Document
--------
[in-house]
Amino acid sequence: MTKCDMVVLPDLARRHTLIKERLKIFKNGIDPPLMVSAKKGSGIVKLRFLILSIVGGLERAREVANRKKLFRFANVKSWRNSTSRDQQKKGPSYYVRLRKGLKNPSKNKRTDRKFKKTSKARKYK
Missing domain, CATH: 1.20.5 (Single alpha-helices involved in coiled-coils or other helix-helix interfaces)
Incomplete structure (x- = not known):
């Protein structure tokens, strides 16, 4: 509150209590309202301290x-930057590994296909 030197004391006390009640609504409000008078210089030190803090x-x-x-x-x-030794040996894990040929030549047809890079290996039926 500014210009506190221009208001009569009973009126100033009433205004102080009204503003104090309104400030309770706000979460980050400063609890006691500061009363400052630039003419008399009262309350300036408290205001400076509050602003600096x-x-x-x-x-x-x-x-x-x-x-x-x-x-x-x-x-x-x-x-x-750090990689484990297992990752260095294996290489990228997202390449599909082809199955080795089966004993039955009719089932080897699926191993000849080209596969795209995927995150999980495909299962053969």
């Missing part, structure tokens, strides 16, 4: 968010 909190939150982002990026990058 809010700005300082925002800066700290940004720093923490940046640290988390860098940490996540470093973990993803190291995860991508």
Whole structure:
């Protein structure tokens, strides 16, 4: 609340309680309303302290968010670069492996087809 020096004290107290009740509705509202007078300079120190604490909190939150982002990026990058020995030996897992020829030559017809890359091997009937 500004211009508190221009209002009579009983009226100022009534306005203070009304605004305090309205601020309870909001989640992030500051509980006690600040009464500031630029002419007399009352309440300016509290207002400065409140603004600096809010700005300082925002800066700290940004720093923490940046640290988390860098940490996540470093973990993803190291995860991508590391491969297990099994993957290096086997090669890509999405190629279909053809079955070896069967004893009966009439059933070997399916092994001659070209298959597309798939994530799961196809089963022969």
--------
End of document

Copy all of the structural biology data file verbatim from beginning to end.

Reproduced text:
[in-house]
Amino acid sequence: MTKCDMVVLPDLARRHTLIKERLKIFKNGIDPPLMVSAKKGSGIVKLRFLILSIVGGLERAREVANRKKLFRFANVKSWRNSTSRDQQKKGPSYYVRLRKGLKNPSKNKRTDRKFKKTSKARKYK
Missing domain, CATH: 1.20.5 (Single alpha-helices involved in coiled-coils or other helix-helix interfaces)
Incomplete structure (x- = not known):
């Protein structure tokens, strides 16, 4: 509150209590309202301290x-930057590994296909 030197004391006390009640609504409000008078210089030190803090x-x-x-x-x-030794040996894990040929030549047809890079290996039926 500014210009506190221009208001009569009973009126100033009433205004102080009204503003104090309104400030309770706000979460980050400063609890006691500061009363400052630039003419008399009262309350300036408290205001400076509050602003600096x-x-x-x-x-x-x-x-x-x-x-x-x-x-x-x-x-x-x-x-x-750090990689484990297992990752260095294996290489990228997202390449599909082809199955080795089966004993039955009719089932080897699926191993000849080209596969795209995927995150999980495909299962053969």
């Missing part, structure tokens, strides 16, 4: 968010 909190939150982002990026990058 809010700005300082925002800066700290940004720093923490940046640290988390860098940490996540470093973990993803190291995860991508």
Whole structure:
């Protein structure tokens, strides 16, 4: 609340309680309303302290968010670069492996087809 020096004290107290009740509705509202007078300079120190604490909190939150982002990026990058020995030996897992020829030559017809890359091997009937 500004211009508190221009209002009579009983009226100022009534306005203070009304605004305090309205601020309870909001989640992030500051509980006690600040009464500031630029002419007399009352309440300016509290207002400065409140603004600096809010700005300082925002800066700290940004720093923490940046640290988390860098940490996540470093973990993803190291995860991508590391491969297990099994993957290096086997090669890509999405190629279909053809079955070896069967004893009966009439059933070997399916092994001659070209298959597309798939994530799961196809089963022969």